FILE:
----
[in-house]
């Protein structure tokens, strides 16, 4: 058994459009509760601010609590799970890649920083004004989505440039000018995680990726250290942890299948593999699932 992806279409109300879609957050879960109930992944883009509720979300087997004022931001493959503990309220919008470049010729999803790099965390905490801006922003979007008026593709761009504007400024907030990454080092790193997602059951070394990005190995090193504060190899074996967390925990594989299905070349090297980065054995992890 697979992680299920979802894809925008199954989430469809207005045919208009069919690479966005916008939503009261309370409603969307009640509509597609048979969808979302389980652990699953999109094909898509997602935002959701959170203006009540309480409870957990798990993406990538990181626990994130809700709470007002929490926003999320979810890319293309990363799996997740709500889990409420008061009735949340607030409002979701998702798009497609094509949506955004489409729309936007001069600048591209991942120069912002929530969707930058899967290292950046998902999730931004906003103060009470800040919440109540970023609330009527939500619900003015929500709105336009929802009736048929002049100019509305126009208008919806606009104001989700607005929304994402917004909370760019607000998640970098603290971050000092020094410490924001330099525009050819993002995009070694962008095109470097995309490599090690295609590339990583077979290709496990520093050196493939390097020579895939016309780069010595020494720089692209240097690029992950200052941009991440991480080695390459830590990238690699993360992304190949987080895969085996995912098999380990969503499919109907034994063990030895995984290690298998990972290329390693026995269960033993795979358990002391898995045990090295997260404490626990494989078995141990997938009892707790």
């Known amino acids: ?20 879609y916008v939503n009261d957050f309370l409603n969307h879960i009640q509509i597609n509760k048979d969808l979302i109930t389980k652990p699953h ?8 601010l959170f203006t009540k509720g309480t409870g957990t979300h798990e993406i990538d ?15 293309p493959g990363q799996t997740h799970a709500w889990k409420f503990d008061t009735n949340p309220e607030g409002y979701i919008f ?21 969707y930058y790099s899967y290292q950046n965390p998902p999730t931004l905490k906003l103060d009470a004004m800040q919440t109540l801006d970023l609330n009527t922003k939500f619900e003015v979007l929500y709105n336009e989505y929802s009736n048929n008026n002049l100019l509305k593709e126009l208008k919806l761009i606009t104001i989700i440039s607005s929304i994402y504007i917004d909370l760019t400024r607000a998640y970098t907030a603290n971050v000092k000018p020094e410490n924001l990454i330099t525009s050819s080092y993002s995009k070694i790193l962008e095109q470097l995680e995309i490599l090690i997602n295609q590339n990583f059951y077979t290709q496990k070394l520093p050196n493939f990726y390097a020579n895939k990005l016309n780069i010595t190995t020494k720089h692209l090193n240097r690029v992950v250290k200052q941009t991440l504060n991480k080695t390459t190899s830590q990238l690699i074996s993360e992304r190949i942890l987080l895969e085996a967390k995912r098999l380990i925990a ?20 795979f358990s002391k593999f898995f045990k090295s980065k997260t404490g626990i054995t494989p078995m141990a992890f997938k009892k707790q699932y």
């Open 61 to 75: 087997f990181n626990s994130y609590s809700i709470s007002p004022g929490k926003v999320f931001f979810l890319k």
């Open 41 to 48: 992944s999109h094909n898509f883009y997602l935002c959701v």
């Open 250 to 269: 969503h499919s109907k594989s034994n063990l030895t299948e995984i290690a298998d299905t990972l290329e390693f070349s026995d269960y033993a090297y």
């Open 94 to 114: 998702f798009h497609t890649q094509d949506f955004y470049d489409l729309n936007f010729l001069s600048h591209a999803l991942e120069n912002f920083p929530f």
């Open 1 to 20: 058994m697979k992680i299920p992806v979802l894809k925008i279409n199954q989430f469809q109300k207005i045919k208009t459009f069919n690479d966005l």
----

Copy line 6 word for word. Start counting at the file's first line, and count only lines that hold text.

């Open 250 to 269: 969503h499919s109907k594989s034994n063990l030895t299948e995984i290690a298998d299905t990972l290329e390693f070349s026995d269960y033993a090297y």